Kaufman’s Brooklyn: May 26: Two ‘Scenes from the Great Depression’
My father, Irving Kaufman (1910 – 1982), was a professional photographer who started in Brooklyn in the mid 1930s working for the Brooklyn Daily Eagle. He captured thousands of images of Brooklyn through the 1950s. I have recently digitized a great many of them. My father’s profile can be found here.
This week’s theme:
As last week’s pictures showed, a lot of people were “Having Fun” back in the late ’30s. But, literally at the same time, the country was in the midst of a decidedly not fun economic disaster. I call this week’s photos “Scenes from the Great Depression.”
These are not just sights of misery or reminders of very difficult times. As always, the intent is to offer images that are interesting, informative and often beautifully done. A few display the overtly painful sights of the period, but most show people trying to do something about it, being as constructive as they can in the face of a grim reality. You might not smile as much as you did with last week’s collection, but I hope these photos allow you to find new perspectives and inspiration.
Today’s two photos show a couple of the ways people coped. One was through a large and very successful federal effort, one of the New Deal’s famous alphabet of programs. The other happened to have local public support in this case, but efforts like it were common all over, with or without official involvement.
Subsistence garden, c. 1935
The only information my father provided was “Subsistence Gardens, early 30s.” The earliest date of his that I’ve seen was 1934, and this glass negative could be from then. But more information is supplied by the photo itself. The sign says “Bergen Beach, Subsistence Gardens,” and then in smaller print, “Sponsored by Dept. of Public Welfare, NYC.”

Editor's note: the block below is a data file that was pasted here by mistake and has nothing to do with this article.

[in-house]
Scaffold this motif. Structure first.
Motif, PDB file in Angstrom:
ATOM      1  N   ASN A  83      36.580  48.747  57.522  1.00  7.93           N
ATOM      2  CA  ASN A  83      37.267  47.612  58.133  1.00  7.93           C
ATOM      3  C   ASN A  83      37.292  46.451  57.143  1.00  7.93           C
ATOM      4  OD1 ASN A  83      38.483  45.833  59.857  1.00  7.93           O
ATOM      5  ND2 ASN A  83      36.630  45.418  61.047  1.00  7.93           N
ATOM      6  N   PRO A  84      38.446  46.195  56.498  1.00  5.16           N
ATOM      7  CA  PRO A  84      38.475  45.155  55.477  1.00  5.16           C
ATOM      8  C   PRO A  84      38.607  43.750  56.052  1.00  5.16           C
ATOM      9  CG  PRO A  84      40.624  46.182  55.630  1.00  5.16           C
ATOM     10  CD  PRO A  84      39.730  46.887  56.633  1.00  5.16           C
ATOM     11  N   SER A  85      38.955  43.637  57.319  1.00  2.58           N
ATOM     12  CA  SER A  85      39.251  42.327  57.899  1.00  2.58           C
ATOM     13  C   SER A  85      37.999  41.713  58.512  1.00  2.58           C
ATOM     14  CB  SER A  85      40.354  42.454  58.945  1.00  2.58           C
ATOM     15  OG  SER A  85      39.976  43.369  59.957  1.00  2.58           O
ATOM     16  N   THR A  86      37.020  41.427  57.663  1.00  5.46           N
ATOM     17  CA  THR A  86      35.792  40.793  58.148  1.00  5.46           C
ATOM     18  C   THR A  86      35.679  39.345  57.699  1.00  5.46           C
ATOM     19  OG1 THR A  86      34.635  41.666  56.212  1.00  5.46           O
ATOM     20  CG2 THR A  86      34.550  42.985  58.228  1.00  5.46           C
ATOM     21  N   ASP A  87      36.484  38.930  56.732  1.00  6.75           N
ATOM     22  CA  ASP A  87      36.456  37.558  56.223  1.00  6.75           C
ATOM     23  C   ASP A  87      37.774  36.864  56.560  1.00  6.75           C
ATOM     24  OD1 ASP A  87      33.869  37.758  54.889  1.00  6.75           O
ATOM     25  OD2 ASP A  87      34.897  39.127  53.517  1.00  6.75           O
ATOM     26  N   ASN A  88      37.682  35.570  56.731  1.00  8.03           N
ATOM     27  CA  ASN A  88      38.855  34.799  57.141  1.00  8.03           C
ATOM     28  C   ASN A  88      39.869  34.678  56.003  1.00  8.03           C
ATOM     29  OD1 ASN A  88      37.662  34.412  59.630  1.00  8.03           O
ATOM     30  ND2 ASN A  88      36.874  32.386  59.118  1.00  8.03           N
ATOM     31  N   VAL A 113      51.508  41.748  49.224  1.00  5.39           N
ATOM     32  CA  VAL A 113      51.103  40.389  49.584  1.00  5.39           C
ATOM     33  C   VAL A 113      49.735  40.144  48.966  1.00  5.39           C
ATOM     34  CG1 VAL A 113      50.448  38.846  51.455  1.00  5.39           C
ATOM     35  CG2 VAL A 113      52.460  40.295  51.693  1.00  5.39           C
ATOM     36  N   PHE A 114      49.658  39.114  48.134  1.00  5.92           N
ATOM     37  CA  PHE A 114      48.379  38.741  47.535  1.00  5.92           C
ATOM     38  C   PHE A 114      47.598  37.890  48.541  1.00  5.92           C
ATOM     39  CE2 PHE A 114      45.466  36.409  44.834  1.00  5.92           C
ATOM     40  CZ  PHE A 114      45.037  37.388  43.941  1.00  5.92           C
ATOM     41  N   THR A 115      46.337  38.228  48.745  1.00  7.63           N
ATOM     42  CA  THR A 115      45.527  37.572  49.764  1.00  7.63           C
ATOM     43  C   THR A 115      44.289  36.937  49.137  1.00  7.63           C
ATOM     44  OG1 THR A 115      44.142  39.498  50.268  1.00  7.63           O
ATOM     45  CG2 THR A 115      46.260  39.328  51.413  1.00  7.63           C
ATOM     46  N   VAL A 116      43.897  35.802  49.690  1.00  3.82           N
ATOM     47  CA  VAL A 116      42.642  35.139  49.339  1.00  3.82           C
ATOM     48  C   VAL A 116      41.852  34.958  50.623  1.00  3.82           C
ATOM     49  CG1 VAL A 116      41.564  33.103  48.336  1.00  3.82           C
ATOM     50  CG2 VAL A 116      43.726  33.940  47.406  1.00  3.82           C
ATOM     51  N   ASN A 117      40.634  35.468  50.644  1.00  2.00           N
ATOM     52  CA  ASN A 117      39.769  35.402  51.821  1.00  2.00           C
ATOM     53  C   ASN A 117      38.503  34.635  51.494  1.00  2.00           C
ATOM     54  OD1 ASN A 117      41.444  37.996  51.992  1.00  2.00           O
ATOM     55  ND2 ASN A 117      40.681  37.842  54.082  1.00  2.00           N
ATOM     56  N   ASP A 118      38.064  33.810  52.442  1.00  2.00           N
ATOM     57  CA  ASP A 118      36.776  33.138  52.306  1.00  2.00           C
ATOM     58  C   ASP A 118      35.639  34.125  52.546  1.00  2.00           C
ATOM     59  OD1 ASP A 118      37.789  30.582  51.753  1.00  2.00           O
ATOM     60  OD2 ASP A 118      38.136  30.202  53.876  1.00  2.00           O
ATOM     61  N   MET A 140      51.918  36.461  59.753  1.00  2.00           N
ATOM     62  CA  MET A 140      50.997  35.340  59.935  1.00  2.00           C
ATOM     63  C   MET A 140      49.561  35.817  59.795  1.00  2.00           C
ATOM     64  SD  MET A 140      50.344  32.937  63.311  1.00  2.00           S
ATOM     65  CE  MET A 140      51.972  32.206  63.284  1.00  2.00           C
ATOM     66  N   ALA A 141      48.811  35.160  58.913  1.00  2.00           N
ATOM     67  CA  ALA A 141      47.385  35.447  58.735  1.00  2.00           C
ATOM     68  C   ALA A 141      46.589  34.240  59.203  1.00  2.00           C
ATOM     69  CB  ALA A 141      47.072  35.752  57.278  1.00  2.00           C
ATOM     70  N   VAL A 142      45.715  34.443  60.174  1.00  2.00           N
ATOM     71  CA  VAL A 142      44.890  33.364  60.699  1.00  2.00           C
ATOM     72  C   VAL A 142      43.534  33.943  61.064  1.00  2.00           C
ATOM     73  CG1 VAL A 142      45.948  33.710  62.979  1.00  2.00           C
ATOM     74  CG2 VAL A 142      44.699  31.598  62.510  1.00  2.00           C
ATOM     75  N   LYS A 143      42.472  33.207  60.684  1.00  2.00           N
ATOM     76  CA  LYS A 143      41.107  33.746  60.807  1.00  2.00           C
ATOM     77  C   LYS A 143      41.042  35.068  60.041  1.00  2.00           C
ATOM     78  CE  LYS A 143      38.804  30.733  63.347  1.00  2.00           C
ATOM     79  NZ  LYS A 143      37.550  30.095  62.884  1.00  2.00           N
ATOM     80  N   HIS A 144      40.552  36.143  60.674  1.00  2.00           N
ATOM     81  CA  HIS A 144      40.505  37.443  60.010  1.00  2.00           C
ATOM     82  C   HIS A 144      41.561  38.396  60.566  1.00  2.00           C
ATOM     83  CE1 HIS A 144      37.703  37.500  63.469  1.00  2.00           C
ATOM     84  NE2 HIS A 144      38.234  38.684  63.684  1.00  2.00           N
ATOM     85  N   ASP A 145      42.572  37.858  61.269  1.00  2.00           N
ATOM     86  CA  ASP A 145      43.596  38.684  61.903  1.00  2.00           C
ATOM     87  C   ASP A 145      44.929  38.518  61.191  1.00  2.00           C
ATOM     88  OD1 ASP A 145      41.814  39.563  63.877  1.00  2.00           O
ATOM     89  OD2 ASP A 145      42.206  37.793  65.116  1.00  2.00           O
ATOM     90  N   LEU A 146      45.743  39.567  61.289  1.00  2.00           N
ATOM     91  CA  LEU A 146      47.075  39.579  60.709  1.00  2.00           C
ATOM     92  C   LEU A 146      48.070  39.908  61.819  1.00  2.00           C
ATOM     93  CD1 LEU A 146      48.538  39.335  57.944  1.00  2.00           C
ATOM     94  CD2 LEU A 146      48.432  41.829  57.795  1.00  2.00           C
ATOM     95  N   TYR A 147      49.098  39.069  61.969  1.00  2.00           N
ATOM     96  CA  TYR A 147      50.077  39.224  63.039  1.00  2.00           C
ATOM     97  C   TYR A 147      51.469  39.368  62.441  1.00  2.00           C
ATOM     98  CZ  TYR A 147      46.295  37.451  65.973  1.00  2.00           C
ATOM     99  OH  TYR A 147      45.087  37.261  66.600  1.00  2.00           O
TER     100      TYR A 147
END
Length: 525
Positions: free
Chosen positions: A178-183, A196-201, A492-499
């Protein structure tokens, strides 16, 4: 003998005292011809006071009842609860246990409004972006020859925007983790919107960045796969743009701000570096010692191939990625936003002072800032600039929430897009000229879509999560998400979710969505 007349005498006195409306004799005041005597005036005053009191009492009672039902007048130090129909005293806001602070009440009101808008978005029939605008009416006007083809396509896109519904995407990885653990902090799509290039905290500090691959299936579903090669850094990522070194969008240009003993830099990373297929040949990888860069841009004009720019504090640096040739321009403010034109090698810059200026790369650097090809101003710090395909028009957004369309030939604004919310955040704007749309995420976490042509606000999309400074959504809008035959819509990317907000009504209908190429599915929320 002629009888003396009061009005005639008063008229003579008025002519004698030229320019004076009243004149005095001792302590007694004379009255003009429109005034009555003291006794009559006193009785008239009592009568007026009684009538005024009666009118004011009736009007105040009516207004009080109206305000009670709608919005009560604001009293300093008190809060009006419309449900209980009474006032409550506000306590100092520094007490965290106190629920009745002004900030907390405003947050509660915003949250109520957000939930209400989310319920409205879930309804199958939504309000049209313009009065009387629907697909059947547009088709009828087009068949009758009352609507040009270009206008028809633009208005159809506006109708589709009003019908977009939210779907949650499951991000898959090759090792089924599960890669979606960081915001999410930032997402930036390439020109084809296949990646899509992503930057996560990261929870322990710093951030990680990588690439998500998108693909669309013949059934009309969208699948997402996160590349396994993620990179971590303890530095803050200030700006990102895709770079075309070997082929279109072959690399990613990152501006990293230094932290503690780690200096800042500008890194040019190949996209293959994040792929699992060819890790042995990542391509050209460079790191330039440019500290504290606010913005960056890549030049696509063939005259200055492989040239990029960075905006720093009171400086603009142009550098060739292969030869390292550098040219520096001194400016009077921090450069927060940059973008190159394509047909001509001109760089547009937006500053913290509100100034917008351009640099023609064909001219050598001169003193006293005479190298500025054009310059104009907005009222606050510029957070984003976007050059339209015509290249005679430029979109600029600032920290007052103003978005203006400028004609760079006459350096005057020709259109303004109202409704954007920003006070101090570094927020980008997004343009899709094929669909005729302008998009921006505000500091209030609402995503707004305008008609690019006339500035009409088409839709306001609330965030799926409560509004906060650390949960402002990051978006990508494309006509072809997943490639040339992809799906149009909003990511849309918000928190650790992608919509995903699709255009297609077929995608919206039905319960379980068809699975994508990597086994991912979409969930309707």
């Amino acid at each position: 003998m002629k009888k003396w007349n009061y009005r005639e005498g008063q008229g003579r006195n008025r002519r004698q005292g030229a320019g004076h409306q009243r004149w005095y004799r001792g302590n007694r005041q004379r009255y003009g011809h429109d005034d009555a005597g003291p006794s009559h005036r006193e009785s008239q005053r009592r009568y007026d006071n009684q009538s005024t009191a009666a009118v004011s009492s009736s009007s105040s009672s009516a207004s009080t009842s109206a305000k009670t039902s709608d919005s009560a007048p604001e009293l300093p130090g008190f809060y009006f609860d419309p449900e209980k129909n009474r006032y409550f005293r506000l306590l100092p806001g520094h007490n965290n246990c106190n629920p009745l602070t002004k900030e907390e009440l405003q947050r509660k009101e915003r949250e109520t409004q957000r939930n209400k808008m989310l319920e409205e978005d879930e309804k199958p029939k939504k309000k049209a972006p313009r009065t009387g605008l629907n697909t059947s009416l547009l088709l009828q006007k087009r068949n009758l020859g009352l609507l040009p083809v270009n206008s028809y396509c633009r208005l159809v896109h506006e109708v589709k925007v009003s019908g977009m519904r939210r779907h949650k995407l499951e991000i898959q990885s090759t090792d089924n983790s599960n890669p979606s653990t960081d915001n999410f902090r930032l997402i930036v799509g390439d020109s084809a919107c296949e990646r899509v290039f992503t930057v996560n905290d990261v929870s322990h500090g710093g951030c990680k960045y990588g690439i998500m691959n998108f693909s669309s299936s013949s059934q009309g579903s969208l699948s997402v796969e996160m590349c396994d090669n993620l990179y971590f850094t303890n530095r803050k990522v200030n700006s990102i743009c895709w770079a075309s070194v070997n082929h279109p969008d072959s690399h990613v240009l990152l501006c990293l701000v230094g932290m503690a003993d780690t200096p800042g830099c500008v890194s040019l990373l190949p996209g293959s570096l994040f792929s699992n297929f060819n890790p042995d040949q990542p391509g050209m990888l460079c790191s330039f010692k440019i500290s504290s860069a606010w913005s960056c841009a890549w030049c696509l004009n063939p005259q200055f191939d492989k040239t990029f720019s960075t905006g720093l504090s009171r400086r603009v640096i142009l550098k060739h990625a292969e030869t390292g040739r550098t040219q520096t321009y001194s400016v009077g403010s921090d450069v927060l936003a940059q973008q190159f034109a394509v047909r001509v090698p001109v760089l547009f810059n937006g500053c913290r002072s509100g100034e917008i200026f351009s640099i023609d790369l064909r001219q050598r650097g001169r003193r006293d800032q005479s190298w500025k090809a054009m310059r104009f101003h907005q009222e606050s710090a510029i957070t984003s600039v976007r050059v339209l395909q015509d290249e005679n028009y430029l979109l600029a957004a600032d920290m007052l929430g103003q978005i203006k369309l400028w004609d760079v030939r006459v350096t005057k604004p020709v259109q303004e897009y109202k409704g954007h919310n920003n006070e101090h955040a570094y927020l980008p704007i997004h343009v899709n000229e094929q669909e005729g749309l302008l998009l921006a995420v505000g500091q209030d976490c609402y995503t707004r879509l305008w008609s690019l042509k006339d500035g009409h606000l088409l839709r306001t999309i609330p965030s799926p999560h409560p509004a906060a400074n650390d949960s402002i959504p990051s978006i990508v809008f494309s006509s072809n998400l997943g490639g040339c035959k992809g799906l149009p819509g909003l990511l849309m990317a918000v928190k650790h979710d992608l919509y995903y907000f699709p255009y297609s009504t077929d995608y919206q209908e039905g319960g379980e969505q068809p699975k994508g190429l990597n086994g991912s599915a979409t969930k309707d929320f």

Gardens like this could be found most anywhere that people were hungry. They were essentially local cooperatives. Some were on tiny plots, others on large tracts; some on public land, others on private but unpatrolled land; some had official support, others were run entirely by the locals. All helped thousands, probably millions, forestall hunger through their own work.
Put up a parking lot, September 13, 1935
This scene is ever so slightly outside of Brooklyn. But it hosts thousands of Brooklynites every (normal) summer. It’s Riis Park, a large and lovely part of Rockaway Beach, just across the Marine Parkway-Gil Hodges Memorial Bridge at the south end of Flatbush Ave. In 1935 the Works Progress Administration (WPA) was established as a federal program to support employment and infrastructure construction. Shown here is an early project, employing 300 men to level sand dunes and build a parking lot near the beach. Though I can’t be positive, this must be the massive parking lot that you can’t miss when driving east off the bridge (will someone please confirm?). I have seen it busy and used in the summer, and mostly empty in winter.
From 1935 until it officially closed in 1943, the WPA accomplished an enormous amount. In addition to directly employing millions of people, its construction, cultural and charitable activities numbered in the tens of thousands. Many of the buildings and roads are still in use – including my elementary school, and maybe yours as well.
An index of Kaufman’s Brooklyn posts may be found here.
Irving Kaufman’s profile may be found here.
I invite you to submit comments, memories, images of Brooklyn, and especially any additional background information you can supply about the photos posted here to [email protected] I’d also be glad to supply information about buying prints of any of the images seen here. Many of my father’s images are also available for viewing and purchase at http://yourartgallery.com/irvingkaufmanstudios. All prints purchased will be the product of professional scanning and editing.
Weekly collection 4: ‘Scenes from the Great Depression’
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